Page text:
Temporary remission of autoimmune pulmonary alveolar proteinosis after infectious episodes

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Takehiko Kobayashi
Toru Arai
Masaki Hirose
Tomomi Homma
Akiko Matsumuro
Chikatoshi Sugimoto
Masanori Kitaichi
Masanori Akira
Yoshikazu Inoue


pulmonary alveolar proteinosis, infection, remission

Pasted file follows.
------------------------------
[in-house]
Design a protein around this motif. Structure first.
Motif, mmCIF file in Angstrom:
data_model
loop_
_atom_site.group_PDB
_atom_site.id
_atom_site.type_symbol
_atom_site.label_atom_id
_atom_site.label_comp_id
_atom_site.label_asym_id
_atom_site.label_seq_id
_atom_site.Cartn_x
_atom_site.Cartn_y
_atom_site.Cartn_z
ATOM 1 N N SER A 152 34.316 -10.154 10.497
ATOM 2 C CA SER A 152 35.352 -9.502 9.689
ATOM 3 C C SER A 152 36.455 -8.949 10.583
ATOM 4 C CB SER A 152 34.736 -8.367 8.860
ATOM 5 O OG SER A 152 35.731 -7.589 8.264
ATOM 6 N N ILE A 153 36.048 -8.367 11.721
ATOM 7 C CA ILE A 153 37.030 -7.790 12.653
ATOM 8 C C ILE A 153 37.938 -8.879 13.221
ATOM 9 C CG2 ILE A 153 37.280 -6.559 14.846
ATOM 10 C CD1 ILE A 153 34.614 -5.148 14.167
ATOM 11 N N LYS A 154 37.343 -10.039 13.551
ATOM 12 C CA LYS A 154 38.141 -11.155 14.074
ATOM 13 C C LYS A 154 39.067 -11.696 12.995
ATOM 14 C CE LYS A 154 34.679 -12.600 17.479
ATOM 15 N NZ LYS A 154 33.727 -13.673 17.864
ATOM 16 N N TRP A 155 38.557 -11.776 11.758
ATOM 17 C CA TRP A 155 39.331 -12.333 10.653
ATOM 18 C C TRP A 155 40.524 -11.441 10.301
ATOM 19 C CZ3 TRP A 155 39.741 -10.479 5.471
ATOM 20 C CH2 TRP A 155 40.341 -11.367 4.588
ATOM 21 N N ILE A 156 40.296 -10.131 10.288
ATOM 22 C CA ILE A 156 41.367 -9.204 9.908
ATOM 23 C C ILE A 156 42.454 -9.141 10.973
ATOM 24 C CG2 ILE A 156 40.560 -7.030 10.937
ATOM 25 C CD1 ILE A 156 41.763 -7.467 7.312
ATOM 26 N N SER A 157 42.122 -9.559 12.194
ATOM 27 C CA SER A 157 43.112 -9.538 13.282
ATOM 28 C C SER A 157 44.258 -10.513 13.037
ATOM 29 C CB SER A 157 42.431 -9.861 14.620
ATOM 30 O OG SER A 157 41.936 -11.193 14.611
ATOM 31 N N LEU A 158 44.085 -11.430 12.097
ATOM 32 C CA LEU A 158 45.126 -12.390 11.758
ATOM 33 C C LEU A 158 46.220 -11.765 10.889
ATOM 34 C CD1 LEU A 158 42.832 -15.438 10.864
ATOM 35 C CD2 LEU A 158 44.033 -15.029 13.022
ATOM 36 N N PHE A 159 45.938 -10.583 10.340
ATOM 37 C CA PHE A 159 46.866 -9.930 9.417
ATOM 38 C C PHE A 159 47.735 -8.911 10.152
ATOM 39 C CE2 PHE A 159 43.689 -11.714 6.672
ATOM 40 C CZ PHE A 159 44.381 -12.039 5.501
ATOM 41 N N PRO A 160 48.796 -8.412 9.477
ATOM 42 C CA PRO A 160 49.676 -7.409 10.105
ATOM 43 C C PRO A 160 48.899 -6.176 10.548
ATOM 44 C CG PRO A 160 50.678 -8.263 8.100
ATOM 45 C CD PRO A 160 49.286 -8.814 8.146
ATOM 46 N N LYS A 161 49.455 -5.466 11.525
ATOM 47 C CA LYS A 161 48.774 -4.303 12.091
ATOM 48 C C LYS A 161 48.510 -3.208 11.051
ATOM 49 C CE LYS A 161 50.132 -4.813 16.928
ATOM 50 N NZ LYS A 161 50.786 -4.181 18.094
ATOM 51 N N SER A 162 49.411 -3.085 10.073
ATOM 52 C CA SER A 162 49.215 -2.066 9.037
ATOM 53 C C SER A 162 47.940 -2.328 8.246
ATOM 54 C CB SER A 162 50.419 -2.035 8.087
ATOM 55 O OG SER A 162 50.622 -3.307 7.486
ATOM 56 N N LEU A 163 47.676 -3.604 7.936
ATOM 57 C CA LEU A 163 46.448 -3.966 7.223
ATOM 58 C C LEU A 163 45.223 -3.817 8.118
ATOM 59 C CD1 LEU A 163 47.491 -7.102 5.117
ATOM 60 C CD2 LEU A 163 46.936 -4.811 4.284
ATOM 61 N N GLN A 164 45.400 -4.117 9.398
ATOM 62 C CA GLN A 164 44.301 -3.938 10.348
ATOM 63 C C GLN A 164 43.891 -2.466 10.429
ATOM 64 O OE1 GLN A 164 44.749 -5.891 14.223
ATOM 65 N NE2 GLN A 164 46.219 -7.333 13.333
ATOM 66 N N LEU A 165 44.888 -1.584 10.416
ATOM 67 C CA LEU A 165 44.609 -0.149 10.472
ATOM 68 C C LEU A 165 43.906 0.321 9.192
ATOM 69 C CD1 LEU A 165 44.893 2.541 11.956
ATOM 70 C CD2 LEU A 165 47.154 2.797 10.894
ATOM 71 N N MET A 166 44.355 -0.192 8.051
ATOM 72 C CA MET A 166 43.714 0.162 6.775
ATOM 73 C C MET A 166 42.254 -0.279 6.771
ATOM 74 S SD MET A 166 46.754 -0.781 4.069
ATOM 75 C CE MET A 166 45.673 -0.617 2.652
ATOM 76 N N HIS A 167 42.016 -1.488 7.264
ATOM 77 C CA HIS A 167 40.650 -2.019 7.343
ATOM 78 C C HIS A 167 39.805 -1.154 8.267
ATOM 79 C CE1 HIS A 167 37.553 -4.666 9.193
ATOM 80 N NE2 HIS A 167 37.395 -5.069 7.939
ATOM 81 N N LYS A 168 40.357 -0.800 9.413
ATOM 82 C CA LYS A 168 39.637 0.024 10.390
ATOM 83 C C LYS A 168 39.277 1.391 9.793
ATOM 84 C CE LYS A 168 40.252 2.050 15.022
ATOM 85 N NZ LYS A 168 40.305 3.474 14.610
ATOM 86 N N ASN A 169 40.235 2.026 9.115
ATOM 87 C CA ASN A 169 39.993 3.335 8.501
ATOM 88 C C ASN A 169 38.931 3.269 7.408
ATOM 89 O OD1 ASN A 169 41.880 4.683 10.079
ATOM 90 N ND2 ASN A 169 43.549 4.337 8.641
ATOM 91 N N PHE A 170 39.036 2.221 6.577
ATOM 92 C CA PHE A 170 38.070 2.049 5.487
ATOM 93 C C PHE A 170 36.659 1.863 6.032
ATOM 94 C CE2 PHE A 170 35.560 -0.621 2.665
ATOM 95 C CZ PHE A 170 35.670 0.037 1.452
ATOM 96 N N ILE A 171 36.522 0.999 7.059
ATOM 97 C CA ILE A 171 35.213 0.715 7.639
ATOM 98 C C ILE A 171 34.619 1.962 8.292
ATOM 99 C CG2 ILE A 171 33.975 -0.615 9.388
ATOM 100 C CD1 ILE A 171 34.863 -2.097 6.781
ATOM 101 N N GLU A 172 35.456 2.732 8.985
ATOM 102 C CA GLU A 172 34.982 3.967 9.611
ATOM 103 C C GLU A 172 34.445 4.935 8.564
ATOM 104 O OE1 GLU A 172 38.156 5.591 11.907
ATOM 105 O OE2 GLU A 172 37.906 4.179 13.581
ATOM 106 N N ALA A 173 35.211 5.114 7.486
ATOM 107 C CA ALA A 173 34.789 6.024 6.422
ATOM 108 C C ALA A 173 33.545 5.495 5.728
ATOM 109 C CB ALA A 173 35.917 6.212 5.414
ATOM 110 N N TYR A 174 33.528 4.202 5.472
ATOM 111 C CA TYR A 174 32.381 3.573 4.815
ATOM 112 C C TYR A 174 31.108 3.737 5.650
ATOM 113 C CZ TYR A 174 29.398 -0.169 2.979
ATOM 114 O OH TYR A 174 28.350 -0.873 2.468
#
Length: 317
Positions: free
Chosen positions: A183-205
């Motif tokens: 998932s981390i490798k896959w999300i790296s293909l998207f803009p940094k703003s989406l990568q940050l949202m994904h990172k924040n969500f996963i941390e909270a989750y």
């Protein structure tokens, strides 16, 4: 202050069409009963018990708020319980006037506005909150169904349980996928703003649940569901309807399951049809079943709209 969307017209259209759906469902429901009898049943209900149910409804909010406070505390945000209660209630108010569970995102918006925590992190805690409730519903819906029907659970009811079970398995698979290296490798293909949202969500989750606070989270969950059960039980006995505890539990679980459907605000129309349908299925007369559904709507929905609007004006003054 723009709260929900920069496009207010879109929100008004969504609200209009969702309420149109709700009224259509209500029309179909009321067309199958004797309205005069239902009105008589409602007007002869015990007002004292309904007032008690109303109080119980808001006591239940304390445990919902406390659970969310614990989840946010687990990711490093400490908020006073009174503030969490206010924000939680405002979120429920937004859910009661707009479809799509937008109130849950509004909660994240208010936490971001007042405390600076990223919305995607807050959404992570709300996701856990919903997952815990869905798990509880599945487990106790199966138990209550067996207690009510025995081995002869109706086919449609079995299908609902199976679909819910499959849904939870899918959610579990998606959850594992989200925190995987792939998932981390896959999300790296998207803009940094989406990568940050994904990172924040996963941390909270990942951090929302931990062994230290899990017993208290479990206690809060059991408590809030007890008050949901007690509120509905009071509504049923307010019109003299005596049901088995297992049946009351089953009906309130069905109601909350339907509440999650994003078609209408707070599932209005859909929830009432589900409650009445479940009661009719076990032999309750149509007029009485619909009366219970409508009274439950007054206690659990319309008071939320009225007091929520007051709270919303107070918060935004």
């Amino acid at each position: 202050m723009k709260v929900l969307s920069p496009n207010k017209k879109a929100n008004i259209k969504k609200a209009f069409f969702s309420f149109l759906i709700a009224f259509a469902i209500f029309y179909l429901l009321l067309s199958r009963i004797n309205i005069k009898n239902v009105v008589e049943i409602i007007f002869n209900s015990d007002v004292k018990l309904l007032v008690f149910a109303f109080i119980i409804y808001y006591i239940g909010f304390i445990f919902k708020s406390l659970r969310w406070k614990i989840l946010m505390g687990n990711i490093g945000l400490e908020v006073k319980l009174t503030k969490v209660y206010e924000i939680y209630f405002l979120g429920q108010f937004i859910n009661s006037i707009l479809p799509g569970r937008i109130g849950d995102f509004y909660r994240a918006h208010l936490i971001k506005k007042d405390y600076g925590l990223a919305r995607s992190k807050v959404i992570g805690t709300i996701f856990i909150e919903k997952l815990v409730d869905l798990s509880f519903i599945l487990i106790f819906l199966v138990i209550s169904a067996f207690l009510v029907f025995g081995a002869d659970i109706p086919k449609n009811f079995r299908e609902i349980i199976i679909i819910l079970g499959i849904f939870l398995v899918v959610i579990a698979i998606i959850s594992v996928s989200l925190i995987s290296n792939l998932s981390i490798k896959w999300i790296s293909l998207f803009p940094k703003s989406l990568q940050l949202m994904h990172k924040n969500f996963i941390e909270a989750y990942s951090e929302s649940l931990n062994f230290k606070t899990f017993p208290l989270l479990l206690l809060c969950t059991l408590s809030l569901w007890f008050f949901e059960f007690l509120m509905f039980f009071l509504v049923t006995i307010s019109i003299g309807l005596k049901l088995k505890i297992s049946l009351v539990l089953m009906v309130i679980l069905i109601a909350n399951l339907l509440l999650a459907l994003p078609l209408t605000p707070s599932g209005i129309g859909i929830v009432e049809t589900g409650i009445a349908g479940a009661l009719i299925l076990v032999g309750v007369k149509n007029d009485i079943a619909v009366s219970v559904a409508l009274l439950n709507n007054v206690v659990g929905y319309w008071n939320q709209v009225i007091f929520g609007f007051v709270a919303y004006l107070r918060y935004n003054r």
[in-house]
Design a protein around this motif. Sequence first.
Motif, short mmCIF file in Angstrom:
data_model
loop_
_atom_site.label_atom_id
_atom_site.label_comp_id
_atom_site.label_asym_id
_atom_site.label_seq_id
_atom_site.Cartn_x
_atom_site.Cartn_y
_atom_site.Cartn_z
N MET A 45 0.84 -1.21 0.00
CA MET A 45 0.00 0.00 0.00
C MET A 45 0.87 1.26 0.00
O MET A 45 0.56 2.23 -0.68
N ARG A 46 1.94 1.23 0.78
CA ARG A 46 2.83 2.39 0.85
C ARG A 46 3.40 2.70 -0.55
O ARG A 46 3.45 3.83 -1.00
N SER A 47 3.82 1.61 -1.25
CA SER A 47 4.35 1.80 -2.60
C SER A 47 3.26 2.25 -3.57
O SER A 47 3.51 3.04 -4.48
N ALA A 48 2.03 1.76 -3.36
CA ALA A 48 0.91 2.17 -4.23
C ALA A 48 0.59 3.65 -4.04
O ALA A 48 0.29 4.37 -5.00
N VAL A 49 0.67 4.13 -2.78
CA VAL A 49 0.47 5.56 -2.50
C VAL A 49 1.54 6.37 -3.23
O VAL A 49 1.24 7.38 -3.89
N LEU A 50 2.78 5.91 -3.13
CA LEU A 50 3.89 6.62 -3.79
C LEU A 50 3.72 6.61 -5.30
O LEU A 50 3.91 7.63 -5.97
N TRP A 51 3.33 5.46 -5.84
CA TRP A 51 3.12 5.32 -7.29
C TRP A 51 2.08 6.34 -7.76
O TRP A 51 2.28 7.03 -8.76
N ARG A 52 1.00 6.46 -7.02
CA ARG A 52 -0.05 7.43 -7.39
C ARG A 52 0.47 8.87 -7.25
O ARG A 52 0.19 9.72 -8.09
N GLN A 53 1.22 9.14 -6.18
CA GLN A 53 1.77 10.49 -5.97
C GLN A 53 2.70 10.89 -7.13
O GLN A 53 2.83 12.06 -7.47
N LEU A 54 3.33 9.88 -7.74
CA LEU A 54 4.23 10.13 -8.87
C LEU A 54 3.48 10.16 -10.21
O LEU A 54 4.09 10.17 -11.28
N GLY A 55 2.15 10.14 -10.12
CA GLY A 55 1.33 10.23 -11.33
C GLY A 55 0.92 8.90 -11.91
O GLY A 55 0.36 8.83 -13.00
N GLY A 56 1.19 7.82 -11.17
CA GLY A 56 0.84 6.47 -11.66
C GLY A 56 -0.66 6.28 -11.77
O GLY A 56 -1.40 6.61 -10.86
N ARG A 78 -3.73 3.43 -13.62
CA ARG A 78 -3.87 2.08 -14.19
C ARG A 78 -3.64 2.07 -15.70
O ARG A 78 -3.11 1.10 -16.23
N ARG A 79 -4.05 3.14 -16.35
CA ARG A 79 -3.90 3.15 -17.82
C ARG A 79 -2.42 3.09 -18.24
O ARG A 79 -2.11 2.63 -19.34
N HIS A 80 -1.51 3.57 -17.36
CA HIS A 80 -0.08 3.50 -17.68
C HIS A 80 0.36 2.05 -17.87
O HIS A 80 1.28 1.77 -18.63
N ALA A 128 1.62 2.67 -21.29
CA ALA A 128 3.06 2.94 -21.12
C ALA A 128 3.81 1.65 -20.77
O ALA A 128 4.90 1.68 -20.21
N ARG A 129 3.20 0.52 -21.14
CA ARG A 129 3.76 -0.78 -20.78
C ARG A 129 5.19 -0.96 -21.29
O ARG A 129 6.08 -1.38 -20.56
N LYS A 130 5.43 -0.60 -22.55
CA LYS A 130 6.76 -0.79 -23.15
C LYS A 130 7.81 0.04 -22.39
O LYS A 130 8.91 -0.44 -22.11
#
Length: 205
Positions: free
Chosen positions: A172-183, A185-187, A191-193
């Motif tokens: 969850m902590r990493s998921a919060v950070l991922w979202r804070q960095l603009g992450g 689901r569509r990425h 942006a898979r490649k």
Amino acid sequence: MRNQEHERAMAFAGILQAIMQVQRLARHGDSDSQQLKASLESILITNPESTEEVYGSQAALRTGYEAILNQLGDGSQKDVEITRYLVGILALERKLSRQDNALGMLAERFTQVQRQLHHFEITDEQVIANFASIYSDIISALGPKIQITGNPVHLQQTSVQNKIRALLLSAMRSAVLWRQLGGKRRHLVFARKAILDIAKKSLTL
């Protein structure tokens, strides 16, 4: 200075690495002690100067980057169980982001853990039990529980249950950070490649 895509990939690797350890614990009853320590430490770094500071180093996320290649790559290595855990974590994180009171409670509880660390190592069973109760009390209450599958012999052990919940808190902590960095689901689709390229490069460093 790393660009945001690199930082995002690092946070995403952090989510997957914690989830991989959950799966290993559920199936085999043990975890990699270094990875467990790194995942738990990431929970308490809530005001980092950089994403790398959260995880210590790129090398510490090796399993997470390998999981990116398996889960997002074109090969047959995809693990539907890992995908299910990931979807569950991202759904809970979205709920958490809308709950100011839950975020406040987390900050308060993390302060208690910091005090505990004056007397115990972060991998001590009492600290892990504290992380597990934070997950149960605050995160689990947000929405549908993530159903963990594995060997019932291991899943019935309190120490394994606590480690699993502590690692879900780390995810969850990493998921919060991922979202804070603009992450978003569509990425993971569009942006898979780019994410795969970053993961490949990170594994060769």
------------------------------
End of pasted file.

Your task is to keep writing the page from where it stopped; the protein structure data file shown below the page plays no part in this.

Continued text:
Pulmonary alveolar proteinosis (PAP) is a rare disease of unknown aetiology. Although resolution occurs in about 30% of autoimmune PAP (APAP) cases, its pathogenesis is not yet sufficiently understood. Two APAP cases at our institute showed remission following infectious episodes. Case 1: a 40-year-old female APAP patient suffered from herpes encephalitis and was treated with an antiviral drug. Her symptoms and radiological results resolved within two months of her recovery from the encephalitis. Case 2: A 53-year-old male current-smoker APAP patient was admitted for pneumonia. After treatment with antibiotics, his radiological results and symptoms improved. He experienced a similar resolution of APAP after another infectious episode two years later. Remission of APAP may occur following viral or bacterial infection. We hypothesise that remission of APAP is triggered by the induction of granulocyte-macrophage colony-stimulating factor (GM-CSF) following viral or bacterial infection. Further studies of APAP remission, and especially of the effects of GM-CSF induction, are needed. 


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